Metzora / Shabbos HaGadol
Not Afflicted, Still Affected
The Parsha of Metzora deals with the plague of tzoraat - according to the
Rabbis of the Talmud, a product of the sin of slander and abusive speech.
"Life and death are in the hands of speech and the tongue." In a society
where everyone demands the right to know everything about everyone anytime,
it is difficult to promote the ideas of privacy, correct speech and
avoidance of gossip and unnecessary curiosity about others. Though the
exact plague of tzoraat is no longer apparent in our lives, the damages of
loose talk are apparent all around us. Tzoraat is not only a plague that
affects the individual affected by it but it is a plague that damages the
general society as well. A society that approves gossip, that condones
verbal abuse, insults, obscenities and shameful statements, itself is
already plagued. The level of public debate, as well as that of private
conversation, requires elevation and care. A drive to arrest loshan hara
(evil speech) has been prominent in the Jewish world over the past decades.
It is difficult to assess its true success but the mere fact that such a
drive was initiated and maintained is itself a positive thing. In a world
of free speech, which is certainly a basic right of humans, self-discipline
in exercising that right is necessary. Otherwise, free speech becomes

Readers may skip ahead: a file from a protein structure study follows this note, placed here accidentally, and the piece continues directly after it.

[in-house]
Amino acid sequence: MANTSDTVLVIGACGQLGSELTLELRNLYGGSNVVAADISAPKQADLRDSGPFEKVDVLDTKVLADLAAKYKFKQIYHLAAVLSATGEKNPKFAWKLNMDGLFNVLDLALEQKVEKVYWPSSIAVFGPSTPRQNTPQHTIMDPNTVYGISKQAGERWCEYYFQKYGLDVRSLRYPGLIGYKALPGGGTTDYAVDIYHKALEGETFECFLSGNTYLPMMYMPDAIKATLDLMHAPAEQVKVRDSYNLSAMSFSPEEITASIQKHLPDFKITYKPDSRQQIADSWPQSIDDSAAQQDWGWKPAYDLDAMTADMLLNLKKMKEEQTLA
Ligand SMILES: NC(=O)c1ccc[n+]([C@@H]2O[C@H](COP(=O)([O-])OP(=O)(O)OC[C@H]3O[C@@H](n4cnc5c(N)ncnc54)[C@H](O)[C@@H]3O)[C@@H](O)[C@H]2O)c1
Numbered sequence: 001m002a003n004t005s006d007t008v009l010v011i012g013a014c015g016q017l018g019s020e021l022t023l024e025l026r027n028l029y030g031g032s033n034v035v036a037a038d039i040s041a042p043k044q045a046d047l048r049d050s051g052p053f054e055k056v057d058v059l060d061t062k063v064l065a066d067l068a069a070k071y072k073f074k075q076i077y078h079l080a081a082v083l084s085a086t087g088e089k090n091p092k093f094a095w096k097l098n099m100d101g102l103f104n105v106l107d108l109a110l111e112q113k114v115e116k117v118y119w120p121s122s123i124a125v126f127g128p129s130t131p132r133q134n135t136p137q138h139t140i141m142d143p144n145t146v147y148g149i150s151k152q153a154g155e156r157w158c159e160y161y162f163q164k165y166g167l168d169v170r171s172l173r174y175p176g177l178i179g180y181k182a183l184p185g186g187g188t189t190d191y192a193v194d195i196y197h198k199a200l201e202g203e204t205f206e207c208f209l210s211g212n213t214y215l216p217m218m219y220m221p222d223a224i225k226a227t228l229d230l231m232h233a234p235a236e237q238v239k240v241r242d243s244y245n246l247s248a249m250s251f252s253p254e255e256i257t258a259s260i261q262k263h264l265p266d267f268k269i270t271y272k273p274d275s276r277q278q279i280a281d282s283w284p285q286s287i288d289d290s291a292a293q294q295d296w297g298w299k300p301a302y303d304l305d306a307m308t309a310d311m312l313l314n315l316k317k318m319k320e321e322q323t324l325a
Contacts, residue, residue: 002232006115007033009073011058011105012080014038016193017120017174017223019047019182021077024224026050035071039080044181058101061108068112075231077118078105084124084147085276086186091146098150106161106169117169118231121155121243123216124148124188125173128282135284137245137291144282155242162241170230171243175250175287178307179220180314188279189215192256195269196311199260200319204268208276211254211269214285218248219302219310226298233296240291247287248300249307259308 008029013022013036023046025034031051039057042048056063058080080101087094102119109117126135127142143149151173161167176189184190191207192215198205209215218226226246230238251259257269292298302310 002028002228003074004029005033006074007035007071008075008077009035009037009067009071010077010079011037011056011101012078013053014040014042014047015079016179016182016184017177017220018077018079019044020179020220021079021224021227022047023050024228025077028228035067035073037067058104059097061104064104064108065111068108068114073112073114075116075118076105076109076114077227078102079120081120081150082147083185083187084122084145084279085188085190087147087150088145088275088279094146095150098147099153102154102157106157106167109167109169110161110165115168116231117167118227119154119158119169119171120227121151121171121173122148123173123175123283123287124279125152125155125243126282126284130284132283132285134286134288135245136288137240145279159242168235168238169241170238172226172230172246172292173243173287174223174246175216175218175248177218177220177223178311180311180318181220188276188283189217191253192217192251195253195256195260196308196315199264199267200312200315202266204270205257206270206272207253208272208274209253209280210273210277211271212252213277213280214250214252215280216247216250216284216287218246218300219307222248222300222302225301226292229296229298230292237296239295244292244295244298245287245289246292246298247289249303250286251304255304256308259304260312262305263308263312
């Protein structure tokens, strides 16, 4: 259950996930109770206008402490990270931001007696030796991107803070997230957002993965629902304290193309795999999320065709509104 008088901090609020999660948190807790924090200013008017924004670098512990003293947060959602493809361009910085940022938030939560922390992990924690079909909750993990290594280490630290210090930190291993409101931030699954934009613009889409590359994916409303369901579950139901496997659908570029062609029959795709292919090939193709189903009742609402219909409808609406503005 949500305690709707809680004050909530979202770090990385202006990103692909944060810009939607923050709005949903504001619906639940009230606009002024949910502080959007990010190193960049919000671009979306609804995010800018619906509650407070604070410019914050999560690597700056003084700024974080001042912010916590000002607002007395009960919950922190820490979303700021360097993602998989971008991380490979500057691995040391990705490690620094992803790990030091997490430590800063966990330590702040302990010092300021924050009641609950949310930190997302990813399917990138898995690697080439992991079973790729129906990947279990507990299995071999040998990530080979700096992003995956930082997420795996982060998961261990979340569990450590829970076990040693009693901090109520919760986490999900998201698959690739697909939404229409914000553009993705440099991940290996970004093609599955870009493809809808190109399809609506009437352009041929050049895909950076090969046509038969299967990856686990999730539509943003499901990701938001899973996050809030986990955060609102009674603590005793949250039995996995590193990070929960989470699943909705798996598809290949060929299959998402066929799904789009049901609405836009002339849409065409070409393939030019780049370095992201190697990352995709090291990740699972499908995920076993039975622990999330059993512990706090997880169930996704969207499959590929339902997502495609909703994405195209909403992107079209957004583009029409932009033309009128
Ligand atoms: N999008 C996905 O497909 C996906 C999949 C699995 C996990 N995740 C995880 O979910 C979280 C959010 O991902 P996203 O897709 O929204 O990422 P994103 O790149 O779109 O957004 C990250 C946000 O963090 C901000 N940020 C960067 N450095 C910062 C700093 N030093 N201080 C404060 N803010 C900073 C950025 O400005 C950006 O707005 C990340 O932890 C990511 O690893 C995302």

destructive speech. And destructive speech should be avoided at all costs.
In our world, tzoraat is no longer an identifiable disease, but the damage
of bad speech is easily recognizable in our society. Bad speech stems from
bad societal attitudes. Hatred of others, "justified" denigration of those
who are different than our own narrow group, an intolerance of spirit and a
narrowness of vision all combine to create evil speech and eventually bad
behavior. In the haftorah of Shabbat Hagadol, the prophet Malachi calls for
charity of spirit and behavior in order to bring about the physical and
spiritual redemption of Israel. The task of the Prophet Elijah at the end
of days will be one of reconciliation and harmony and not one of revenge
and exclusion. Good and optimistic attitudes father good speech and a
cheerful countenance. In that attitude and view of life lies the secret
potion that wards off any attack of tzoraat in our midst. We are all aware
that preventive medicine and warding off disease before it strikes is the
best type of health maintenance and well-being. Proper attitudes towards
others and the absence of evil speech is the outstanding medical advice
that the Torah provides for us in this week's Parsha.
Pesach is in the wings and I wish to extend to all of you my best wishes
for happy and kosher Pesach and a wonderful holiday week. May the blessings
and miracles of this great festival fill our hearts and souls and allow us
to rededicate ourselves to the service of God and His Torah, people and
land. And may we see the continuing redemption of Israel and a peaceful and
orderly world of goodness and cooperation.
Rabbi Berel Wein
Text Copyright © 2002 Rabbi Berel Wein and
Project Genesis, Inc.